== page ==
On December 14, 2010, a Grand Jury charged Bristol with one count of money laundering in connection with his representation of Starr and the Starr entities and use of his attorney trust account to launder over $20 million. (Compl., ¶ 126). The January and April transfers are referenced in the criminal Indictment. (Compl., ¶ 127).
On December 16, 2010, the SEC amended its complaint against Starr to allege claims against Bristol for aiding and abetting Starr's securities violations. (Compl., ¶ 128). On the same day, Bristol surrendered to law enforcement officials. (Compl., ¶ 130).
In light of the foregoing, Plaintiffs filed the Complaint in this matter on December 20, 2010 against the following defendants: Winston & Strawn LLP, Jonathan Bristol, Starr & Company LLC, Starr Investment Advisors, LLC, Aurora Cassirer, Esq. (as Receiver for Starr & Company LLC and Starr Investment Advisors, LLC), Kenneth I. Starr and Arlene Graff. Plaintiffs assert the following claims for relief: (1) negligent misrepresentation, (2) breach of fiduciary duty, (3) negligent supervision, (4) legal malpractice, (5) unjust enrichment, (6) conversion, (7) civil conspiracy, (8) fraud, (9) conspiracy to defraud, (10) RICO violations, (11) tortious interference with a contract, (12) tortious interference with a prospective business relations, and (13) accounting. This Court's jurisdiction over this matter is premised on 28 U.S.C. § 1331.
Currently before the Court are motions to dismiss the Complaint pursuant to Federal Rule of Civil Procedure 12(b)(6) filed by Defendants Winston & Strawn and Jonathan Bristol, respectively.
For a complaint to survive dismissal, it "must contain sufficient factual matter, accepted as true, to 'state a claim to relief that is plausible on its face.' " Ashcroft v. Iqbal, 129 S. Ct. 1937, 1949 (2009) (citing Bell Atl. Corp. v. Twombly, 550 U.S. 544, 570 (2007)). In determining the sufficiency of a complaint, the Court must accept all well-pleaded factual allegations in the complaint as true and draw all reasonable inferences in favor of the non-moving party. See Phillips v. County of Allegheny, 515 F.3d 224, 234 (3d Cir. 2008). But, "the tenet that a court must accept as true all of the allegations contained in a complaint is inapplicable to legal conclusions [;][t]hreadbare recitals of the elements of a cause of action, supported by mere conclusory statements, do not suffice." Iqbal, 129 S.Ct. at 1949. Additionally, in evaluating a plaintiff's claims, generally "a court looks only to the facts alleged in the complaint and its attachments without reference to other parts of the record." Jordan v. Fox, Rothschild, O'Brien & Frankel, 20 F.3d 1250, 1261 (3d Cir. 1994). With this framework in mind, the Court turns now to Defendants' motions.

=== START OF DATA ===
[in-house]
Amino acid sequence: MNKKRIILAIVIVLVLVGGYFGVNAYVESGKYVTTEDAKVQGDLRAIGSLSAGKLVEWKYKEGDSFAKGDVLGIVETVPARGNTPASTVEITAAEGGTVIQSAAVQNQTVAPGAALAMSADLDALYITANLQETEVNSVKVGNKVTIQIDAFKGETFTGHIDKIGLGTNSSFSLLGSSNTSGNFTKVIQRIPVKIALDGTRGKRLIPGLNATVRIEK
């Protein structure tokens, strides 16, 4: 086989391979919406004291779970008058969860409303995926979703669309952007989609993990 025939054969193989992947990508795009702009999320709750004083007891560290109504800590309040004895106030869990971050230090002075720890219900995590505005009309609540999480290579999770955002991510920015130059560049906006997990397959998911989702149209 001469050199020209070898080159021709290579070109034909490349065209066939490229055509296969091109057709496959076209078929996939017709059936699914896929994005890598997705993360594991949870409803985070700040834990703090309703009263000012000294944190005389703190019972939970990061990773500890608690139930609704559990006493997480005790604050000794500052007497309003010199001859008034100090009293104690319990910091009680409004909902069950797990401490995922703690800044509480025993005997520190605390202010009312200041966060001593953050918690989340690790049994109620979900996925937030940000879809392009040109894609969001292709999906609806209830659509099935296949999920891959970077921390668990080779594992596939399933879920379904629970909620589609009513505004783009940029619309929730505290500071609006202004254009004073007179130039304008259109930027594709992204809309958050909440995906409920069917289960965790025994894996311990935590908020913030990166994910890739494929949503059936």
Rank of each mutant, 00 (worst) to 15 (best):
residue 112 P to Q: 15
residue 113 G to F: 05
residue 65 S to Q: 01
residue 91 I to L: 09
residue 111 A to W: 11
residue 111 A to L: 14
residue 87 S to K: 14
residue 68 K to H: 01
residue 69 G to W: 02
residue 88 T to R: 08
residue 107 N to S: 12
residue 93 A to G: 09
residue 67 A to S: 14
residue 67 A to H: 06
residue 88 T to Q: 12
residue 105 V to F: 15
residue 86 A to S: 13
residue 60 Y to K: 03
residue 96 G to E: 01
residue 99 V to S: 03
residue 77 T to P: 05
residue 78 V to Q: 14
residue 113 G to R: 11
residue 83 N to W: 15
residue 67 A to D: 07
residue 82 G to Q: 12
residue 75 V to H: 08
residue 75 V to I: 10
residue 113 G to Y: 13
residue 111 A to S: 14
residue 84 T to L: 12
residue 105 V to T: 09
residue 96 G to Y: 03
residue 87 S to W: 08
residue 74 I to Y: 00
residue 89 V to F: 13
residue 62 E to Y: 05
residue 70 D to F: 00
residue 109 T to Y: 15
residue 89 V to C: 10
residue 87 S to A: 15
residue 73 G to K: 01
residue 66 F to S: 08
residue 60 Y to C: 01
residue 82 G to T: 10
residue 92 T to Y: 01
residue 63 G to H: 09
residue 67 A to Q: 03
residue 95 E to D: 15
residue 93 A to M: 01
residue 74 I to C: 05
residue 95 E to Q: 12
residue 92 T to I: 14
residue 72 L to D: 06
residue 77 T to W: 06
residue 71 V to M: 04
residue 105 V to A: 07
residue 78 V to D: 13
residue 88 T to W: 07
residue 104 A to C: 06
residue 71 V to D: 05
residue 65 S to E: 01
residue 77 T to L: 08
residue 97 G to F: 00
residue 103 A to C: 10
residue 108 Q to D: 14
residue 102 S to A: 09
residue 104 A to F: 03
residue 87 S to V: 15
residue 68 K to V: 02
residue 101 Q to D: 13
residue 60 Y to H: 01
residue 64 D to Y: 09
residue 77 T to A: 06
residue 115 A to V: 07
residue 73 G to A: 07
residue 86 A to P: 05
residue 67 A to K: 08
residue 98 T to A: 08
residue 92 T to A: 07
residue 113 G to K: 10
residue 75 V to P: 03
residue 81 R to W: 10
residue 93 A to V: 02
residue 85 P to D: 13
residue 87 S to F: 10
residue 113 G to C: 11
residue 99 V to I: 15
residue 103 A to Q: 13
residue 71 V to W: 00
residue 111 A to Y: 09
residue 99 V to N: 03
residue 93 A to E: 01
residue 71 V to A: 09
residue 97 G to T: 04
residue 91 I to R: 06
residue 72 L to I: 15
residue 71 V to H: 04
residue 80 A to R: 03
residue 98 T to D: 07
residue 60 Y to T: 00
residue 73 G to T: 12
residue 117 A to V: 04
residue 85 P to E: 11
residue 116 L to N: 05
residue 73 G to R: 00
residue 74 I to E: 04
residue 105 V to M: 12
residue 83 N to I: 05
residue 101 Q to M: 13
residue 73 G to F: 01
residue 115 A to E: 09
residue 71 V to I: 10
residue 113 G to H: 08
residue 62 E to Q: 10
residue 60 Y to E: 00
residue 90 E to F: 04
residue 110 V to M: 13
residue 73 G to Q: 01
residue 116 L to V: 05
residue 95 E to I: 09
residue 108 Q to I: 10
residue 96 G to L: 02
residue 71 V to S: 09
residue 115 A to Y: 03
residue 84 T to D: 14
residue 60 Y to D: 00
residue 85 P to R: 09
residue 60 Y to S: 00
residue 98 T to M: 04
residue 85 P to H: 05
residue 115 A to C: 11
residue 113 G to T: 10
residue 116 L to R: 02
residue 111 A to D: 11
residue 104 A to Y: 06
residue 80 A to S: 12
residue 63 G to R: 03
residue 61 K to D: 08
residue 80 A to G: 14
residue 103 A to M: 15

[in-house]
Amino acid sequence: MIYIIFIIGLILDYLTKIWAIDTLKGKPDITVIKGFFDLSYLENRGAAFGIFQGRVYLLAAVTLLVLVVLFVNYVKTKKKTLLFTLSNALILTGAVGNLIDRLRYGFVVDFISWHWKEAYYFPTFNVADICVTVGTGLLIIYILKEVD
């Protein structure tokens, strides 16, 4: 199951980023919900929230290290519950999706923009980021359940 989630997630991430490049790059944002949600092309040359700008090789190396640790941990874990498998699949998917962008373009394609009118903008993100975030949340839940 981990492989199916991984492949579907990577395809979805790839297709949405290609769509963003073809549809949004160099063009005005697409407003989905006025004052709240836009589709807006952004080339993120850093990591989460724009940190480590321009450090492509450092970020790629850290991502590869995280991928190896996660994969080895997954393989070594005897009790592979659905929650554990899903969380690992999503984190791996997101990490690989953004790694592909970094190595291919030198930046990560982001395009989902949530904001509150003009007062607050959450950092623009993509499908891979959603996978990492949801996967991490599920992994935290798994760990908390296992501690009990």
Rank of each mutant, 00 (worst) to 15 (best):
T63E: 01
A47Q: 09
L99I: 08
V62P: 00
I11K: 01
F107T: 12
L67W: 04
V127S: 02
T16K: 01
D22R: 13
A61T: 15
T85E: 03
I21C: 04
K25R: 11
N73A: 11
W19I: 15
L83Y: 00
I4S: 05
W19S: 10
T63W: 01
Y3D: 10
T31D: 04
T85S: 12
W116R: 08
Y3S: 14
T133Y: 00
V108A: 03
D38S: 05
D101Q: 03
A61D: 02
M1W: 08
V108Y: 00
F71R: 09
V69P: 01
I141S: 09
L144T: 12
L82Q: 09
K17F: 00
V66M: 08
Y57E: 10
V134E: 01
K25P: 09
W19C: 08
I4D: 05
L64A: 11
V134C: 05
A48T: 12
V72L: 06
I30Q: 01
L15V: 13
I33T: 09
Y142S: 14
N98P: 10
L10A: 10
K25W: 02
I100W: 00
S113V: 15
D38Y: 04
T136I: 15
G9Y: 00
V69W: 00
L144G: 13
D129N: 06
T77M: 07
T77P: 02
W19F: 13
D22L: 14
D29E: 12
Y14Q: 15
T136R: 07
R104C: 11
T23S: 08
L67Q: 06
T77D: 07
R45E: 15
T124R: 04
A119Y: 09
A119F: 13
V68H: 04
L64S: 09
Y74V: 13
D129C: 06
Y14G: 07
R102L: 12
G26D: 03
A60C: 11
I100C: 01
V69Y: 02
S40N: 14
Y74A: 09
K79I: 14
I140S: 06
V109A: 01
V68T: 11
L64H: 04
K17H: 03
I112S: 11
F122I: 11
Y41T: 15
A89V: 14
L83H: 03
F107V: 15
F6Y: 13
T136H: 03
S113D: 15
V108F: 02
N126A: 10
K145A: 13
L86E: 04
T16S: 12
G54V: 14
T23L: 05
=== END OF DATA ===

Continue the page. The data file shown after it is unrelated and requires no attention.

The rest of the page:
As a preliminary matter, the Court must determine which law applies to Plaintiffs' state law claims.
Generally speaking, since this Court exercises its diversity jurisdiction over this action, the law to be applied is that of the forum state -- New Jersey. Am. Cyanamid Co. v. Fermenta Animal Health, 54 F.3d 177, 180 (3d Cir.1995). Defendants, instead, urge the Court to apply New York law to some or all of Plaintiffs' non-federal claims. For instance, Defendant Bristol argues that New York law applies because "[t]he parties alleged conduct primarily occurred in New York." (Bristol br. at 9). Bristol provides no further analysis in support of the position that New York law should apply to all of Plaintiffs' state law claims. Winston argues that the distinction is immaterial for most of Plaintiffs' state law claims inasmuch as there is no conflict between New York and New Jersey law as to the claims asserted, with the exception of Plaintiffs' negligent misrepresentation and tortious interference claims. As to those two claims, Winston maintains that New York law should apply because: (1) Starr Defendants were New Yorkers, (2) the alleged thefts originated in, were meant to benefit the Starr Defendants in and were the subject of criminal and/or SEC charges in New York, and (3) Winston & Strawn has a New York office, of which Bristol was a partner. (Winston Br. at 13 n. 9). Plaintiffs, on the other hand, argue that New Jersey law should apply to all state law claims because: (1) there is no conflict, (2) the tortious and negligent acts at issue in this case center on a New Jersey bank account, (3) Defendants Bristol and Graff reside in New Jersey, (4) Defendant Winston & Strawn has an office in New Jersey, and (5) the damage occurred in New Jersey. (Pl. Opp'n Br. at 15 n. 3).
This Court must apply New Jersey's choice of law rules to determine what law should apply to state law claims. See Warriner v. Stanton, 475 F.3d 497, 499-500 (3d Cir. 2007). New Jersey's choice of law analysis is a two step process. First, a court must determine if an actual conflict in law exists among the states. See P.V. ex rel. T.V. v. Camp Jaycee, 197 N.J. 132 (2008); Lebegern v. Forman, 471 F.3d 424, 430 (3d Cir. 2006). Once it has been determined that a conflict exists, the court must determine which state has the "most significant relationship" to the claim at issue. Camp Jaycee, 197 N.J. at 136. This test is applied "on an issue-by-issue basis" and "is qualitative, not quantitative." Id. at 143.
Because the parties do not dispute that there is no conflict of law between New York and New Jersey for purposes of all state law claims asserted (with the exception of Plaintiffs' negligent misrepresentation and tortious interference claims) the Court will apply New Jersey law to all such claims. As to the negligent misrepresentation and tortious interference claims, the ...